Abstract 955: Molecular Mechanisms of Ca2+ and Mg2+ Permeability and pH Sensitivity of the Bi-functional Channel Kinase TRPM7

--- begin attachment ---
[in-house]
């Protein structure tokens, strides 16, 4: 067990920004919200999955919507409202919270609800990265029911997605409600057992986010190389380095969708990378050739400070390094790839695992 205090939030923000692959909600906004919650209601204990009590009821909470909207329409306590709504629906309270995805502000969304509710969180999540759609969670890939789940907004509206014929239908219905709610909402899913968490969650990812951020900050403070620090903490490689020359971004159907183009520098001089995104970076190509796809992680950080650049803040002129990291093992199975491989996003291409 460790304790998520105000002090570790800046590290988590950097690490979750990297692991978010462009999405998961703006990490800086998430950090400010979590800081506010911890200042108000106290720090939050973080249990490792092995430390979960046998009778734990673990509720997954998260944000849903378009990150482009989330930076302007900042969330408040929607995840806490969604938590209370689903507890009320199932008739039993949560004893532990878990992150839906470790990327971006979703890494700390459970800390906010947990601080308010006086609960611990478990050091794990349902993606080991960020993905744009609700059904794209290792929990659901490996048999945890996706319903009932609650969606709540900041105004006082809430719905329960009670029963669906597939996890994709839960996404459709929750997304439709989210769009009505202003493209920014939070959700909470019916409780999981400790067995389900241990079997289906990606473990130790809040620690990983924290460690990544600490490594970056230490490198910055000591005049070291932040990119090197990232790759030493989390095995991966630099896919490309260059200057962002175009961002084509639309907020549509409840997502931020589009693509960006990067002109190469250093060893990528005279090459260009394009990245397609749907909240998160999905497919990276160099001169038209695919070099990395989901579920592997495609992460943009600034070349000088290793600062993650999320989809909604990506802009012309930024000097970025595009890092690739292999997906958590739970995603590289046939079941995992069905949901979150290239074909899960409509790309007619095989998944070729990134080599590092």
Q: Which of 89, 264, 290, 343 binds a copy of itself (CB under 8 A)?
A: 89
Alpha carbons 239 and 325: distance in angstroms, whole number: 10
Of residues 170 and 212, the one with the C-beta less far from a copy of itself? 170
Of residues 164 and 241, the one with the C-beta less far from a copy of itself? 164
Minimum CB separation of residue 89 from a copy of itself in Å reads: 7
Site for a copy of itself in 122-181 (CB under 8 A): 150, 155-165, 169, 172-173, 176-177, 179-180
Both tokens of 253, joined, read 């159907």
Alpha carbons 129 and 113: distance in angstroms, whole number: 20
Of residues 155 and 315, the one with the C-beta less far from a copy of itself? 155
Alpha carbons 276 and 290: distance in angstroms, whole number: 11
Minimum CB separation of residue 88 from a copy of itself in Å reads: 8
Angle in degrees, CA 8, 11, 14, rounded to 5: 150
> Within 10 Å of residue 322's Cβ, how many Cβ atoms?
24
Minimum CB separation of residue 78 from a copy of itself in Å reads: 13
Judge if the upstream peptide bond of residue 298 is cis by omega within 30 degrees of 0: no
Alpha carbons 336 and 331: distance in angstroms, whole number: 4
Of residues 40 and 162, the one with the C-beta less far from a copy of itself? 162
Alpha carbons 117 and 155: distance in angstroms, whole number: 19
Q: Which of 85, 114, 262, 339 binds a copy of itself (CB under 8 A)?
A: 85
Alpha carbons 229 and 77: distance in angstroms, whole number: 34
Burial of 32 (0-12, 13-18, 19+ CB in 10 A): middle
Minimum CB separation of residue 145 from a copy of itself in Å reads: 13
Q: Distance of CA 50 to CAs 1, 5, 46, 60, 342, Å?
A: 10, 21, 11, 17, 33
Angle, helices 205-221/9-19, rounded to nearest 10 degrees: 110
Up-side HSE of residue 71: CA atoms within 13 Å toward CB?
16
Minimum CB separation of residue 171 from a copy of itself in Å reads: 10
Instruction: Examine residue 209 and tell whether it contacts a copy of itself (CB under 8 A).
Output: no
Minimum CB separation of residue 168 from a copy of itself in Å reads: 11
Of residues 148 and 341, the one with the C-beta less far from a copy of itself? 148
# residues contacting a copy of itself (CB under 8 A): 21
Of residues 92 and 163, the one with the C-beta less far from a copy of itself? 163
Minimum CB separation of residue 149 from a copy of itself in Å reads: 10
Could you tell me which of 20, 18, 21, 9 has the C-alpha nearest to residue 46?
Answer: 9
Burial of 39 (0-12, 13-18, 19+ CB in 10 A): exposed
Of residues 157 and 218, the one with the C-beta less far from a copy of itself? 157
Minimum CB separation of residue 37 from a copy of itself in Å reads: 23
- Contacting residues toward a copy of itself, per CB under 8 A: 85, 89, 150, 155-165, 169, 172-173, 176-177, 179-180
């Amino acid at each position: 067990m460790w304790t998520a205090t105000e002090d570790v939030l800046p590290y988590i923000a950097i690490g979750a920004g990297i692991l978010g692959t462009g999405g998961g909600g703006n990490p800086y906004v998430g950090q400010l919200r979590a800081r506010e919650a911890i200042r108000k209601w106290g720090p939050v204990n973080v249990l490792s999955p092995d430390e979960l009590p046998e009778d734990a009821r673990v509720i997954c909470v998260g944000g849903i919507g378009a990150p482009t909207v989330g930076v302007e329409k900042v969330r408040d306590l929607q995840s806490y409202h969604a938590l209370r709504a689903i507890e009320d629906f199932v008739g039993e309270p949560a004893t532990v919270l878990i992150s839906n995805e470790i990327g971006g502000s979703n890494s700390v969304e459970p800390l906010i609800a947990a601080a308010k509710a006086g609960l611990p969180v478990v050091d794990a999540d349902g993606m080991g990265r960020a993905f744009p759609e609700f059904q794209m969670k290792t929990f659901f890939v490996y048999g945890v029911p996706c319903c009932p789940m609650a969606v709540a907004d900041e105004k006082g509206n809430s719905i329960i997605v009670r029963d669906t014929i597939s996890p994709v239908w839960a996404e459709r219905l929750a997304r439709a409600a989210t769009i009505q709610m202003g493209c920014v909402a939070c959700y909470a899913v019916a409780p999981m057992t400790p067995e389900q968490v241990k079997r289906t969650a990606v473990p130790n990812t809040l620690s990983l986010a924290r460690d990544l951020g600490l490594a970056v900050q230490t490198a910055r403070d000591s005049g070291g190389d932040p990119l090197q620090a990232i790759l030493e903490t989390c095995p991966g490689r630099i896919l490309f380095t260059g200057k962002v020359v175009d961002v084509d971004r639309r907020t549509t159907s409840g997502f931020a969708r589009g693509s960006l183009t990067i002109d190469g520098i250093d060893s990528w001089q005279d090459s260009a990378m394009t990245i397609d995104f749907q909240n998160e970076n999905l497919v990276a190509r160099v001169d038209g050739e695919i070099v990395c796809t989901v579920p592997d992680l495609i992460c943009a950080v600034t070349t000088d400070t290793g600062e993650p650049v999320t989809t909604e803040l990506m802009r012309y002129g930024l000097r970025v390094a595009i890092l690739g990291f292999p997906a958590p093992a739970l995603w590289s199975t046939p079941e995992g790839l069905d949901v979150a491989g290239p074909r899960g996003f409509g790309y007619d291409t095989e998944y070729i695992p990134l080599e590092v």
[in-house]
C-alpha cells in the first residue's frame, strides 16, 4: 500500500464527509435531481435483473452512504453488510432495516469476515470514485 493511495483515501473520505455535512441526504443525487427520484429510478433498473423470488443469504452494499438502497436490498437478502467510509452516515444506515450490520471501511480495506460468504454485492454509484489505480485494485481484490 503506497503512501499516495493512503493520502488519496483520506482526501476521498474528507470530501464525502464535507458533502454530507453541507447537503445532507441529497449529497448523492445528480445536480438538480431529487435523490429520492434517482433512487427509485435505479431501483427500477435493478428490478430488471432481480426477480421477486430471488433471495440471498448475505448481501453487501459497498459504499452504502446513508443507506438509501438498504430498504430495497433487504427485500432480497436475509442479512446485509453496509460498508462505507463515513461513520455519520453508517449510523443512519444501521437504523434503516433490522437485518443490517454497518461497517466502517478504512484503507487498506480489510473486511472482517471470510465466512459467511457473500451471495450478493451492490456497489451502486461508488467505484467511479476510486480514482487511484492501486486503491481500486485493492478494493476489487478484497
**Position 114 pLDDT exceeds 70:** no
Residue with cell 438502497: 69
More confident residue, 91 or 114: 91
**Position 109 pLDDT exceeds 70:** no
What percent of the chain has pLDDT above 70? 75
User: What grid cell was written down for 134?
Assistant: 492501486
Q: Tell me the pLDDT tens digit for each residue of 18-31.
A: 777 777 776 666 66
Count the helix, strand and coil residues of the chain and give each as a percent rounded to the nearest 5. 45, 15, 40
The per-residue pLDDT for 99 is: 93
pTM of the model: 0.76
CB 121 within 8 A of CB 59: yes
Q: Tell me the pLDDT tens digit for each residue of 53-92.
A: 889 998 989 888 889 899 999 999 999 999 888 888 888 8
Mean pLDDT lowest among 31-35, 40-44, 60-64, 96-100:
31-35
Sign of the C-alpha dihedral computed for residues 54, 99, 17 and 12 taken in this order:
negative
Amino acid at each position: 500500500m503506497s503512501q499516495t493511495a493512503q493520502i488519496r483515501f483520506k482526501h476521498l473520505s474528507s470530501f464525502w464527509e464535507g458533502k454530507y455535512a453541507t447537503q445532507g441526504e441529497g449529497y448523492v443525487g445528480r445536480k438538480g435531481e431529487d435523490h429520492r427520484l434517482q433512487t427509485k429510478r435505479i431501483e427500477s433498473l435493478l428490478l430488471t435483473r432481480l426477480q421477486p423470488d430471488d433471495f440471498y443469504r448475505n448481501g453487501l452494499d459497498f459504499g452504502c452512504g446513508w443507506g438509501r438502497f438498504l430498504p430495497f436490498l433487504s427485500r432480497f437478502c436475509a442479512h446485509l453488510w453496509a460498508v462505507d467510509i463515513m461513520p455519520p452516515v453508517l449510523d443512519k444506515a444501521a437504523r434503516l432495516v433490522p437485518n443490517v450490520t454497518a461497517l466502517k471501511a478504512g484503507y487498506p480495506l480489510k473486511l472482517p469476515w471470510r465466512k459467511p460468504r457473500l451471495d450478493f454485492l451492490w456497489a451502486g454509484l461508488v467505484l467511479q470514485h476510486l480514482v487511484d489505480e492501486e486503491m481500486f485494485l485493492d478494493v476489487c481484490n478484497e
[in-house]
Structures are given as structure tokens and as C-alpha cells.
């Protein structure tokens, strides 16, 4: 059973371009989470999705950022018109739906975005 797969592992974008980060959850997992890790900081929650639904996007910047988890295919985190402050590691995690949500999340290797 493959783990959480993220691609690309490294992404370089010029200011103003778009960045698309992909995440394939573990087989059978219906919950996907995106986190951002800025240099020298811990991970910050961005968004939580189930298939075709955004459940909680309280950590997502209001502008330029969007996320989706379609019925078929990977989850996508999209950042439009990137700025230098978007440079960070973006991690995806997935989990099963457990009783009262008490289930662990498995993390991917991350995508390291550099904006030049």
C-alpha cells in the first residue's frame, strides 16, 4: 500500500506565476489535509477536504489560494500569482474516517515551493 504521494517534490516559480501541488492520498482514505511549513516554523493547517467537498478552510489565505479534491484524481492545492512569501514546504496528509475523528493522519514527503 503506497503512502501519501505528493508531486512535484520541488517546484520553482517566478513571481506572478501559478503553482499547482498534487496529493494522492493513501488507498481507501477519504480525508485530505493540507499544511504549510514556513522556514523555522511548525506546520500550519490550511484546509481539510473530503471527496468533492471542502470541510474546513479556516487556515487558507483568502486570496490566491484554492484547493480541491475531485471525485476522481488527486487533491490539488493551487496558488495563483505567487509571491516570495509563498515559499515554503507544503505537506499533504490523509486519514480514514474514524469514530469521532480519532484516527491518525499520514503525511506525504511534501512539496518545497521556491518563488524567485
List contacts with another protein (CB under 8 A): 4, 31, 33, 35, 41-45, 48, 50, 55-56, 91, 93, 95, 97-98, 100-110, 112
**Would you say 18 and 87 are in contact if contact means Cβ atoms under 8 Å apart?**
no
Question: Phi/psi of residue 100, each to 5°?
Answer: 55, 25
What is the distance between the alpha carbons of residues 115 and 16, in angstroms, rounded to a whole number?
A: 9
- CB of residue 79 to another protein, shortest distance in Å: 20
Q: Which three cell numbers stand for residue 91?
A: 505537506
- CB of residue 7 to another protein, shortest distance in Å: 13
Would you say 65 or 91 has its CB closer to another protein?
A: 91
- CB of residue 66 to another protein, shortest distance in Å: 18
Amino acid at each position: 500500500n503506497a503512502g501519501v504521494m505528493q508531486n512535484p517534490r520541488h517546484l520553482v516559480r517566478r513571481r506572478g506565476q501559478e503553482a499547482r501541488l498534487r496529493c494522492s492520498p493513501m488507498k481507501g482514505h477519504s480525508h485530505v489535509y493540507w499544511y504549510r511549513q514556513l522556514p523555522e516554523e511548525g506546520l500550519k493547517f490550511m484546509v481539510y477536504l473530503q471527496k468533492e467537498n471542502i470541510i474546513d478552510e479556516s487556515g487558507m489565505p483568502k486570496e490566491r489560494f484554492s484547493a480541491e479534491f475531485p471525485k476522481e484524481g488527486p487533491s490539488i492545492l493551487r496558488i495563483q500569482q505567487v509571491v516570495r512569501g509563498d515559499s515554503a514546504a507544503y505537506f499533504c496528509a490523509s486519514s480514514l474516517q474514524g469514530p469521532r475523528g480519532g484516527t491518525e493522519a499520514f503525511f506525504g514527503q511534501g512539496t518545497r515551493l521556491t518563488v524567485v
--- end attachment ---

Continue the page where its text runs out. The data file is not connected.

The channel-kinase TRPM7 have recently been discovered to play important roles in Mg2+ and Ca2+ homeostasis, which is critical to both human health and cell viability. TRPM7 is highly expressed in both cardiac myocytes and fibroblasts. We recently found that both heterologous expressed TRPM7 currents and endogenous TRPM7-like currents in the heart are sensitive to changes of extracellular pH. Acidic pH significantly potentiates inward current of TRPM7. Given the importance of TRPM7 in Ca2+ and Mg2+ homeostasis and potential pathological role of TRPM7 under acidosis conditions, this study was designed to elucidate the molecular basis underlying TRPM7’s unique Mg2+ and Ca2+ permeability and pH sensitivity. We created a series of amino acid substitutions in the putative pore of TRPM7 to evaluate the origin of the channel’s divalent permeability and pH sensitivity. Two mutants of TRPM7, E1047Q and E1052Q, produced dramatic changes in channel properties. The I–V relations of E1052Q and E1047Q were significantly different from WT TRPM7, with the inward currents of 8- and 12-fold larger than that of TRPM7, respectively. The binding affinity of Ca2+ and Mg2+ was decreased by 50-to 140-fold in E1052Q and E1047Q, respectively. Ca2+ and Mg2+ currents in E1052Q were 70% smaller than those of TRPM7. Strikingly, E1047Q largely abolished Ca2+ and Mg2+ permeation, rendering TRPM7 a monovalent selective channel. In addition, the ability of protons to potentiate inward currents was lost in E 1047Q and largely diminished in E1052Q, indicating that E1047 and E1052Q are critical to TRPM7’s Ca2+ and Mg2+ permeability, and its pH sensitivity. Our results indicate that these two glutamate residues are key determinants of both channels’ divalent selectivity and pH sensitivity. These findings reveal the molecular mechanisms underpinning physiological/ pathological functions of TRPM7, and provide molecular insight of the pore architecture of the bi-functional channel kinase TRPM7.